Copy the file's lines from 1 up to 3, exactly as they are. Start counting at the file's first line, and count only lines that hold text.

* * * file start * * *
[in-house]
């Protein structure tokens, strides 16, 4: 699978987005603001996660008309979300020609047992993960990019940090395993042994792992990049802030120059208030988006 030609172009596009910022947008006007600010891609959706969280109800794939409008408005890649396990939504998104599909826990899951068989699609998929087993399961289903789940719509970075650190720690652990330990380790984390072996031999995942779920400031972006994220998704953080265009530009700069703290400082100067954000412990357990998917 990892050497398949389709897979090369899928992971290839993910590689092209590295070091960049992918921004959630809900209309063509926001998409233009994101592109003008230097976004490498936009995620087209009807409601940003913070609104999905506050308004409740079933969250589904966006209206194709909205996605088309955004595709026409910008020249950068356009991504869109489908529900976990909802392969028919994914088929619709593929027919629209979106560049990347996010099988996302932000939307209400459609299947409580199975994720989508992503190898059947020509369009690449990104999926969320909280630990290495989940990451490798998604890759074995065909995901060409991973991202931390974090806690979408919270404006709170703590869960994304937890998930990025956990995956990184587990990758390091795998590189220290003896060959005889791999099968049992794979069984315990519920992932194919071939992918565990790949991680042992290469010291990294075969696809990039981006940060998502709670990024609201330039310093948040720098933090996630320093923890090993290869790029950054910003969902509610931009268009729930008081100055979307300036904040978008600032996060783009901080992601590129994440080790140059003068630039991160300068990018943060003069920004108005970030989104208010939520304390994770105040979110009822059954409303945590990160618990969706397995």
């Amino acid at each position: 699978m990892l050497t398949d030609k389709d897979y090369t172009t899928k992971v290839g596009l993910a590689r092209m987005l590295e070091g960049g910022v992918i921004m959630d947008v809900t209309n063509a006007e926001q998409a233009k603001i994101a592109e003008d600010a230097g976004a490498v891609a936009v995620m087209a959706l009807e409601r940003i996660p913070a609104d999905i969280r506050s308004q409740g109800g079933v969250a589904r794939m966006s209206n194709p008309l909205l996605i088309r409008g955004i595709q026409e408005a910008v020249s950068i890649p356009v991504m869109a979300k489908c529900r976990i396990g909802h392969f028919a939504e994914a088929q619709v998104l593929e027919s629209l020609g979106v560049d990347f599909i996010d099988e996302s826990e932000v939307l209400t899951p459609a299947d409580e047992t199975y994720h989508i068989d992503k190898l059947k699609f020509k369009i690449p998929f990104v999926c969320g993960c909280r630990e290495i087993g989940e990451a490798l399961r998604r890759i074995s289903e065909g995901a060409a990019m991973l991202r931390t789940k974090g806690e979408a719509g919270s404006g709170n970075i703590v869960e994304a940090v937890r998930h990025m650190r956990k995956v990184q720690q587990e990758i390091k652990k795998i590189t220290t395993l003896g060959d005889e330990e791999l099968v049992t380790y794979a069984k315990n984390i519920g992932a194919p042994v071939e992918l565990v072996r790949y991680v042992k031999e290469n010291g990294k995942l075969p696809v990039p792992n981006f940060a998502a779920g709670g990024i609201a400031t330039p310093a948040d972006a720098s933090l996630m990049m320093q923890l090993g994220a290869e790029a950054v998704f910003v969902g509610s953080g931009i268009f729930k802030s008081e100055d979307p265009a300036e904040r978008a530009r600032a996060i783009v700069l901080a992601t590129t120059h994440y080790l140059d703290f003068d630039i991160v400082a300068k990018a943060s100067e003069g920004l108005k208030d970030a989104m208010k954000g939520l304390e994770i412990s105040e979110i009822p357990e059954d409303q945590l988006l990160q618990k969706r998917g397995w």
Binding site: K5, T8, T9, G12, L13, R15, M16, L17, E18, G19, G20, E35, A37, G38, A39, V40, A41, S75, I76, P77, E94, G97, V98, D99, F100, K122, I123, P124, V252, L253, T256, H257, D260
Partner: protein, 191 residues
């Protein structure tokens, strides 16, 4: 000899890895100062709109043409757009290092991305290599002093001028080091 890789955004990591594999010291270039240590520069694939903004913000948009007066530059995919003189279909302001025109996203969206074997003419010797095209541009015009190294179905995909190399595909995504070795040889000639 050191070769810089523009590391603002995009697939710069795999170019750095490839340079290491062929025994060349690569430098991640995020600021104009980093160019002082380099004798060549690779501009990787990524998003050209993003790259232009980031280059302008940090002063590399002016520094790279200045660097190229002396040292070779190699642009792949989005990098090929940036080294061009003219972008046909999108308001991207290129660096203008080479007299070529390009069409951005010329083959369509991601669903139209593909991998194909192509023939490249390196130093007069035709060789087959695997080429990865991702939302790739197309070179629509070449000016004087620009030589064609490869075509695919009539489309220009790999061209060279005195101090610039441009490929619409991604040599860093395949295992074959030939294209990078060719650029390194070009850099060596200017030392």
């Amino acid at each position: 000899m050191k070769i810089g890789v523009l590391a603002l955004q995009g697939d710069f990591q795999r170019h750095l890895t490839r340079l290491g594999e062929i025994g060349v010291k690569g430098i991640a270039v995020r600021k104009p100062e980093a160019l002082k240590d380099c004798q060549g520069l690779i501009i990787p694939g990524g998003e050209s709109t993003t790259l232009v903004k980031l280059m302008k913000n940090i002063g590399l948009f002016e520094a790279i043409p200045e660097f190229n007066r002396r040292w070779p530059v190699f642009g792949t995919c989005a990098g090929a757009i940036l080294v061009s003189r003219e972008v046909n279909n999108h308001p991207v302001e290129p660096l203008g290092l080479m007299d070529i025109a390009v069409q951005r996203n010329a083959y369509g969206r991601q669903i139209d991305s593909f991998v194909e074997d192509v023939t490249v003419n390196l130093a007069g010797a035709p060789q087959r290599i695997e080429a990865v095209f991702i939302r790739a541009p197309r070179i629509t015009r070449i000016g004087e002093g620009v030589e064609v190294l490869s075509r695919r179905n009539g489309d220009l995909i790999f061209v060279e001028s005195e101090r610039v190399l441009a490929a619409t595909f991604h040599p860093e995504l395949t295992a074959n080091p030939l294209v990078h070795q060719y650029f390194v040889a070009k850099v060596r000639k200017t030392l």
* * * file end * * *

[in-house]
């Protein structure tokens, strides 16, 4: 699978987005603001996660008309979300020609047992993960990019940090395993042994792992990049802030120059208030988006 030609172009596009910022947008006007600010891609959706969280109800794939409008408005890649396990939504998104599909826990899951068989699609998929087993399961289903789940719509970075650190720690652990330990380790984390072996031999995942779920400031972006994220998704953080265009530009700069703290400082100067954000412990357990998917 990892050497398949389709897979090369899928992971290839993910590689092209590295070091960049992918921004959630809900209309063509926001998409233009994101592109003008230097976004490498936009995620087209009807409601940003913070609104999905506050308004409740079933969250589904966006209206194709909205996605088309955004595709026409910008020249950068356009991504869109489908529900976990909802392969028919994914088929619709593929027919629209979106560049990347996010099988996302932000939307209400459609299947409580199975994720989508992503190898059947020509369009690449990104999926969320909280630990290495989940990451490798998604890759074995065909995901060409991973991202931390974090806690979408919270404006709170703590869960994304937890998930990025956990995956990184587990990758390091795998590189220290003896060959005889791999099968049992794979069984315990519920992932194919071939992918565990790949991680042992290469010291990294075969696809990039981006940060998502709670990024609201330039310093948040720098933090996630320093923890090993290869790029950054910003969902509610931009268009729930008081100055979307300036904040978008600032996060783009901080992601590129994440080790140059003068630039991160300068990018943060003069920004108005970030989104208010939520304390994770105040979110009822059954409303945590990160618990969706397995």
């Amino acid at each position: 699978m990892l050497t398949d030609k389709d897979y090369t172009t899928k992971v290839g596009l993910a590689r092209m987005l590295e070091g960049g910022v992918i921004m959630d947008v809900t209309n063509a006007e926001q998409a233009k603001i994101a592109e003008d600010a230097g976004a490498v891609a936009v995620m087209a959706l009807e409601r940003i996660p913070a609104d999905i969280r506050s308004q409740g109800g079933v969250a589904r794939m966006s209206n194709p008309l909205l996605i088309r409008g955004i595709q026409e408005a910008v020249s950068i890649p356009v991504m869109a979300k489908c529900r976990i396990g909802h392969f028919a939504e994914a088929q619709v998104l593929e027919s629209l020609g979106v560049d990347f599909i996010d099988e996302s826990e932000v939307l209400t899951p459609a299947d409580e047992t199975y994720h989508i068989d992503k190898l059947k699609f020509k369009i690449p998929f990104v999926c969320g993960c909280r630990e290495i087993g989940e990451a490798l399961r998604r890759i074995s289903e065909g995901a060409a990019m991973l991202r931390t789940k974090g806690e979408a719509g919270s404006g709170n970075i703590v869960e994304a940090v937890r998930h990025m650190r956990k995956v990184q720690q587990e990758i390091k652990k795998i590189t220290t395993l003896g060959d005889e330990e791999l099968v049992t380790y794979a069984k315990n984390i519920g992932a194919p042994v071939e992918l565990v072996r790949y991680v042992k031999e290469n010291g990294k995942l075969p696809v990039p792992n981006f940060a998502a779920g709670g990024i609201a400031t330039p310093a948040d972006a720098s933090l996630m990049m320093q923890l090993g994220a290869e790029a950054v998704f910003v969902g509610s953080g931009i268009f729930k802030s008081e100055d979307p265009a300036e904040r978008a530009r600032a996060i783009v700069l901080a992601t590129t120059h994440y080790l140059d703290f003068d630039i991160v400082a300068k990018a943060s100067e003069g920004l108005k208030d970030a989104m208010k954000g939520l304390e994770i412990s105040e979110i009822p357990e059954d409303q945590l988006l990160q618990k969706r998917g397995w």